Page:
I was critiquing a subcontractor's safety manual, and I thought it seemed rather prescriptive and rule-driven. Not sure that's the word, but it was clear that if you did not follow the program, you would be written up and, in some cases, written off.
So, I took a minute to get a gauge of the document by a simple word search. When looking at a manual, safety document, or résumé, always check to see if "prevention" is mentioned. It's not as common as hoped.
Curious, I took a tour of Google and looked at the premier health and safety manual in the United States: the Army Corp of Engineers manual known as EM 385. Prevention is listed 107 times. When you look at the safety program template offered by the US Department of Labor (DOL) through one of our states, "prevention" is not referenced in those 77 pages, but "investigation" is found 22 times. One construction firm celebrating its 100-year anniversary published its history, and that book did not have "safety" as a topic.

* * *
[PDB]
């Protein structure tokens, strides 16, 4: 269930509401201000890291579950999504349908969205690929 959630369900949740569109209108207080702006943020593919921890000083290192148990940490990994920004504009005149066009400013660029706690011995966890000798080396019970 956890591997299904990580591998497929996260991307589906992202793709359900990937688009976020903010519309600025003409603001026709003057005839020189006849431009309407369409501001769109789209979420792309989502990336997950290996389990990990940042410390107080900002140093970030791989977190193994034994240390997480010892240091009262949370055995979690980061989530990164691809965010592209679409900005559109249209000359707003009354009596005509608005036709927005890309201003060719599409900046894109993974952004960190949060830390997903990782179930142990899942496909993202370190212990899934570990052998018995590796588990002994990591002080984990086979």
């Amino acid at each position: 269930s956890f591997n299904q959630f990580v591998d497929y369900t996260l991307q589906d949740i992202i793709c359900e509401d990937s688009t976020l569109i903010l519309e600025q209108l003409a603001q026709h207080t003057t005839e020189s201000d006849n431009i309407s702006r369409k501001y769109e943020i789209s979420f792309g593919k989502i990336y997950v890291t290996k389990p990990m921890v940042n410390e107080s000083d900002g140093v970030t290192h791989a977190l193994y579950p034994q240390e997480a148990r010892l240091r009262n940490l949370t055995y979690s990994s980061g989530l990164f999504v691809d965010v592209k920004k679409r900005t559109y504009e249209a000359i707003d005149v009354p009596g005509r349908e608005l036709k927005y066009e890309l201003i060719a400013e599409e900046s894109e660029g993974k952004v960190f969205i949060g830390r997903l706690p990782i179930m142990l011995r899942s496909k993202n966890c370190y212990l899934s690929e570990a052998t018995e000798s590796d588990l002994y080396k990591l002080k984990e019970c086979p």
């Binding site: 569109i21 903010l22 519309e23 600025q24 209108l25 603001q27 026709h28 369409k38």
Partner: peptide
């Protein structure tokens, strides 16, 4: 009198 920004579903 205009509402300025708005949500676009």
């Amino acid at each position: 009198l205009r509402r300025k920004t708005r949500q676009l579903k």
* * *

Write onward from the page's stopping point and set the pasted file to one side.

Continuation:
Safety Trends and Successes
Following are my observations on trends in safety and the successes we are seeing in the field. Also included is a discussion on some barriers we must acknowledge from within the ranks of our safety professionals. To further reduce our sons and daughters getting killed on worksites, we need to change our approach and accept innovations.
First, some good news: we are winning the battle on falls. The following is per the Bureau of Labor statistics.
In 2020, there were 161 fatal work injuries from which ladders were the primary source. This was a 5.8-percent decline from 2019 (171 deaths).
I suspect this is a result of fewer ladders to fall from in the workplace. The ladder is the contributor to workplace accidents. If there is no ladder to fall from, you eliminate falls from ladders.